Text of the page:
A century of secrets and lies, tangled like the brambles in The Forgotten Garden

The Forgotten Garden: A Novel
by Kate Morton

Life has dealt me an unfortunate amount of pain of late. More than vicodin, I needed a really great novel to take my mind off injuries. Kate Morton’s The Forgotten Garden was just what the doctor ordered! It is a triumph of non-linear storytelling, and the epic tale being told carried me away.

The catalyst driving the story is Nell Andrews. Nell grew up loved and happy in a house full of sisters in Australia. All that changed on the night of her 21st birthday. That was the night that her father confessed the secret that upended Nell’s life—he had found her abandoned at the age of four. She’d been left dockside of a ship that had just come from England. She didn’t know, or wouldn’t divulge, her name and no one came for her. He took her home that night, and he and Nell’s mother had raised her as their own.

That revelation changed the course of Nell’s life, but she never had the opportunity to seriously investigate the mystery of her origins until after her father’s death, when she was in her mid-sixties. She made significant progress, but never fully unraveled the truth. As the novel opens, we first meet four-year-old Nell, then 21-year-old Nell, and then the dying 95-year-old Nell. She’s being attended by her devoted granddaughter Cassandra. Cassandra was largely raised by Nell and was closer to her than anyone, but knew nothing of Nell’s secret until after her death. Cassandra’s even more surprised to learn that she’s been left a cottage in Cornwall, England that Nell had secretly owned for years. So begins Cassandra’s quest to finish unraveling the mystery of Nell’s life.

The story jumps back and forth in time, not just between Nell’s and Cassandra’s investigations, but between the actual events that took place between 1900 and 1913 when Nell was abandoned. There is a rich cast of characters from the gothic past, and the story that gradually unfolds is complex, compelling, and utterly gripping. There’s even a cameo by Mrs. Hodgson Burnett herself! I plowed through the nearly 600 pages in record time, and only wish it had lasted longer.
I very much enjoyed Morton’s debut, The House at Riverton. This sophomore effort seals the deal; I’ve become a devoted fan. The Forgotten Garden is one of those books that I just feel so good about recommending to almost everyone. It’s a contemporary mystery, a Victorian drama, a novel of tragedy and triumph, and more than anything else a spellbinding story from start to finish.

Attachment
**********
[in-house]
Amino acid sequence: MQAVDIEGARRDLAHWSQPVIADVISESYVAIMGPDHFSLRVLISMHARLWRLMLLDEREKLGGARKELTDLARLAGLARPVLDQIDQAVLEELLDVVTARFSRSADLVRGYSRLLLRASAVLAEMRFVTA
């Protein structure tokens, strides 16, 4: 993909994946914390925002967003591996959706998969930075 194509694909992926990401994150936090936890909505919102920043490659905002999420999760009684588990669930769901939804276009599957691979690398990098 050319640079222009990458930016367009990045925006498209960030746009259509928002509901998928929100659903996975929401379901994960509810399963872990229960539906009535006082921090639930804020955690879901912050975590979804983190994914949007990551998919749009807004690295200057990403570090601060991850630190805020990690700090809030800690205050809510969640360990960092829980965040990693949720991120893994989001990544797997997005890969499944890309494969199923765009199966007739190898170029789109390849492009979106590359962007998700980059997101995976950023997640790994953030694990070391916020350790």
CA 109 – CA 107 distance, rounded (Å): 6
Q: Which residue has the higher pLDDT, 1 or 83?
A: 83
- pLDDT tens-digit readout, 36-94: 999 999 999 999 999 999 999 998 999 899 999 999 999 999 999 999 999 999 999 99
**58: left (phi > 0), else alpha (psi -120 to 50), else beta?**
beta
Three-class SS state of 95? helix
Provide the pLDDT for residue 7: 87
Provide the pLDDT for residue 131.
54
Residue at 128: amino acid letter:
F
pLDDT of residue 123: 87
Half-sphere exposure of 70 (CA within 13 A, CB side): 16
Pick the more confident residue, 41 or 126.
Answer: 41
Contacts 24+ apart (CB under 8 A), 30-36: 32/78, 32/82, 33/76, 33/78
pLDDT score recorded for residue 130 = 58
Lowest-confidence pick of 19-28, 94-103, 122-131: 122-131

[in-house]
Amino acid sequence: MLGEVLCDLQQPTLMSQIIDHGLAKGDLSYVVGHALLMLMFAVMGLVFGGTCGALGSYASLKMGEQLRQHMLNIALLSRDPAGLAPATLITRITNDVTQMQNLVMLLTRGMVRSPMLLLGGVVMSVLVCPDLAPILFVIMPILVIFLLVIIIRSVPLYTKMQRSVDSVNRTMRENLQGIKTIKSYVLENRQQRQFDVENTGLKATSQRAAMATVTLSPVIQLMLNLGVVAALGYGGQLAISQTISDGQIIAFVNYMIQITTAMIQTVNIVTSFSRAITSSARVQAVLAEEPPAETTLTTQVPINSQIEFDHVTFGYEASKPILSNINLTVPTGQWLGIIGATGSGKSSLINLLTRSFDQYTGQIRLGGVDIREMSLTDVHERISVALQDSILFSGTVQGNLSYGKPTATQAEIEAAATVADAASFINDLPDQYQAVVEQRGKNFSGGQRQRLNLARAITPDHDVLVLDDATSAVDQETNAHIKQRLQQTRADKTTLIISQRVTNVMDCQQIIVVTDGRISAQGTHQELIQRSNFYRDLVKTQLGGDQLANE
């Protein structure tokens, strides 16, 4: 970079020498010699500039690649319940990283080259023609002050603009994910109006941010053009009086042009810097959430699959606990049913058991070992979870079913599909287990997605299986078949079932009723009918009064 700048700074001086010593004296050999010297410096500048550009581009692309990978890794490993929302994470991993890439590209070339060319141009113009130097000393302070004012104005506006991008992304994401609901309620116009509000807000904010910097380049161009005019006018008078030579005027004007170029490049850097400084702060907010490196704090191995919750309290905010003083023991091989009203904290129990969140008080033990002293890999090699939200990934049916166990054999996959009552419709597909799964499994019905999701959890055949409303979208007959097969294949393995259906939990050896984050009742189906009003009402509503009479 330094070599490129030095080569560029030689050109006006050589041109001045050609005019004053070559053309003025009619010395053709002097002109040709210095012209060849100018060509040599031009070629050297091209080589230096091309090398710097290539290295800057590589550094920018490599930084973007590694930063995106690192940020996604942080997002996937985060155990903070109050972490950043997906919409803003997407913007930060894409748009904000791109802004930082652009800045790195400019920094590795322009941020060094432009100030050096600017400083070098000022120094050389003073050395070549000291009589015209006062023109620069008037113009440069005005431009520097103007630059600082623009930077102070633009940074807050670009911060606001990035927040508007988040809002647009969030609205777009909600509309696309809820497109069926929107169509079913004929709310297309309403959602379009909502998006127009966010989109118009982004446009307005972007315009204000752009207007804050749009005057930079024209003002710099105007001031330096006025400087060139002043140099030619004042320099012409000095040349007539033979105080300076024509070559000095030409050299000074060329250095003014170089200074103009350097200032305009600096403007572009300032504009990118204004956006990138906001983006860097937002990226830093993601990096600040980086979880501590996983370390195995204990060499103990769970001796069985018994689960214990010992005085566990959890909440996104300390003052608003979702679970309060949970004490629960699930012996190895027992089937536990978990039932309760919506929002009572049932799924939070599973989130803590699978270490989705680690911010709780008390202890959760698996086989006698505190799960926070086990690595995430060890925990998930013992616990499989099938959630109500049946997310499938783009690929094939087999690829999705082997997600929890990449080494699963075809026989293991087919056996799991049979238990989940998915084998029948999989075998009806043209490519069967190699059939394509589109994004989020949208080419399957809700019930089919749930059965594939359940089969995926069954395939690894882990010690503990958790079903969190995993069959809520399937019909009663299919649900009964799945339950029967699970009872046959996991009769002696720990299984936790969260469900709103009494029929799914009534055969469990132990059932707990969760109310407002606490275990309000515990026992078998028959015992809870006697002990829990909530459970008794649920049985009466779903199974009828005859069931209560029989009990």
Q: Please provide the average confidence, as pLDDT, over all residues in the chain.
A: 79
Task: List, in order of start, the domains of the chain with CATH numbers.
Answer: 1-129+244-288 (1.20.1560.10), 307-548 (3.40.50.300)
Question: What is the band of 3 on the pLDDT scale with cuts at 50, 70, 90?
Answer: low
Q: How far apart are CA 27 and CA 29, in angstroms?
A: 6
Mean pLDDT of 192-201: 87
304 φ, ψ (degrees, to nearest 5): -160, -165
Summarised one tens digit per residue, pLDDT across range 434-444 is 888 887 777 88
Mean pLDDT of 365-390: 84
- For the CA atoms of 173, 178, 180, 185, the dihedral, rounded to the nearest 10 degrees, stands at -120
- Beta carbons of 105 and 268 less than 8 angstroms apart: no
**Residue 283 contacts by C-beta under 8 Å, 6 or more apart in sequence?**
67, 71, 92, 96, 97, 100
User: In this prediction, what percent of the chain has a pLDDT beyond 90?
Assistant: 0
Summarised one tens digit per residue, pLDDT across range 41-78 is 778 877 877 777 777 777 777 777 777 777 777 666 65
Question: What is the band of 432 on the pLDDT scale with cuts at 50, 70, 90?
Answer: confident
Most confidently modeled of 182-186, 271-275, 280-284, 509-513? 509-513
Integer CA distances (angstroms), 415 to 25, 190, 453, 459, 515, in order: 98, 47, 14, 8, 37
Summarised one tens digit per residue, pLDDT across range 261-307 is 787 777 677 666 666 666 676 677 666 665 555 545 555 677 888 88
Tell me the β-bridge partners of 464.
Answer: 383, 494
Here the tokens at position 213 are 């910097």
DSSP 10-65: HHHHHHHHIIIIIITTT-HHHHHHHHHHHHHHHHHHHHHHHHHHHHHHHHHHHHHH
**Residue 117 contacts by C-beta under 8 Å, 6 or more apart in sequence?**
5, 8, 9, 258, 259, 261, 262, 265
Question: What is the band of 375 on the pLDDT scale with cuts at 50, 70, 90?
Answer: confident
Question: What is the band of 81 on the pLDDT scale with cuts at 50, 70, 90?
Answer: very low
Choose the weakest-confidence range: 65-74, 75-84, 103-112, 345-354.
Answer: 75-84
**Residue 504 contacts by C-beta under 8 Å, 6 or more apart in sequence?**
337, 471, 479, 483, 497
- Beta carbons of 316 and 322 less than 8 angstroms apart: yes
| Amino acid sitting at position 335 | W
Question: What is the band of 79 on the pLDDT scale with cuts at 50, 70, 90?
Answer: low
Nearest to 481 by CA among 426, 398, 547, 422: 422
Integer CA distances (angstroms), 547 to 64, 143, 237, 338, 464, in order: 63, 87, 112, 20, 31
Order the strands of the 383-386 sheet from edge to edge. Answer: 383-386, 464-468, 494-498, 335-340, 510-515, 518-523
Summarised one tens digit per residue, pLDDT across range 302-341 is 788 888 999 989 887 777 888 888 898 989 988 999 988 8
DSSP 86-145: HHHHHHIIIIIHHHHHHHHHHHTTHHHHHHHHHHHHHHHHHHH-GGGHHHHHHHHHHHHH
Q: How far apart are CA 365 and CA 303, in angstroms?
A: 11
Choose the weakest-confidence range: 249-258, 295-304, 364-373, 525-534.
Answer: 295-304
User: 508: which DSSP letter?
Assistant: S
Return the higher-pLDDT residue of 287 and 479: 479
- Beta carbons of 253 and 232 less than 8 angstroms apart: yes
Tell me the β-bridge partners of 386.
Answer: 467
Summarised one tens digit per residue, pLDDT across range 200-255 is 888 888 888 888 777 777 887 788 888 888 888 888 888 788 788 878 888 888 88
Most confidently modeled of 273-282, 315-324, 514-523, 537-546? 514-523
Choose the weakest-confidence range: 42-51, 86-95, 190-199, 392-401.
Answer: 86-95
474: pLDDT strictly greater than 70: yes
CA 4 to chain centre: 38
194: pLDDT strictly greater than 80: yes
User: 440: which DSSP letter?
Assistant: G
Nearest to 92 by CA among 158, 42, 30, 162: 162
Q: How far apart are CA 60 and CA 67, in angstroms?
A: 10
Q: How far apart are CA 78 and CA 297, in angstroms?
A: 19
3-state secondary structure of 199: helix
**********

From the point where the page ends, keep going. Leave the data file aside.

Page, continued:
Thursday, May 14, 2009

Oops, I did it again...

I'm going to be brief, because typing is a problem at the moment. I fell--again. And hurt myself pretty badly--again. Apparently, my one instinct was to protect my bad leg. I suceeded. It's the only part of my body that doesn't hurt at the moment. Right now I have a:
  • badly bruised and abraded chin
  • swollen lower lip
  • abraded, lacerated, and quite possibly broken nose
  • sprained and splinted left wrist
  • banged up left knee
  • a bunch of sore muscles almost everywhere
So, I can barely type and talking hurts. I may be on radio silence for the next few days. :-(


Tuesday, May 12, 2009

Frightening Free Fiction and a Free Book Giveaway!

So, it’s pretty common knowledge that I spend a lot of time with writers. I have many, many novelist friends—despite the fact that I believe having stories floating around inside your head is a sure sign of mental illness. If ever there were an example of this, it would probably be Joe Konrath.

You may know Joe as J.A. Konrath, the androgynously-named author of the Jack Daniels mysteries. Or, you may know him as Jack Kilborn, the pseudonymously-named author of the recent horror-thriller Afraid. I know him as Joe, the loud guy I met through my buddy Jimbo. Joe and I aren’t close friends, but we’ve spent a fair amount of time together and it’s always entertaining. Joe is a fun guy and like many fungi, he grows on you. (I’ll pause now for groans.)

I can’t tell you what’s wrong with Joe, all I know is that he is one sick puppy. When I sent him a copy of my review of Afraid, I told him that I wasn’t getting in a car alone with him again. Hmmm, now that I think of it, maybe that was the impetus…

Joe, writing as Jack Kilborne, has teamed up with the equally talented and sick Blake Crouch to write Serial. On his own blog (, Joe describes it like this:

Remember the twin golden rules of hitchhiking?

# 1: Don’t go hitchhiking, because the driver who picks you up could be certifiably crazy.

# 2: Don’t pick up hitchhikers, because the traveler you pick up could be a raving nutcase.

So what if, on some dark, isolated road, Crazy #1 offered a ride to Nutcase #2?

When Blake Crouch (DESERT PLACES, ABANDONED) and Jack Kilborn (AFRAID, TRAPPED), face off, the result is SERIAL, a terrifying tale of hitchhiking gone terribly wrong. Like a deeply twisted version of an “After School Special,” SERIAL is the single most persuasive public service announcement on the hazards of free car rides.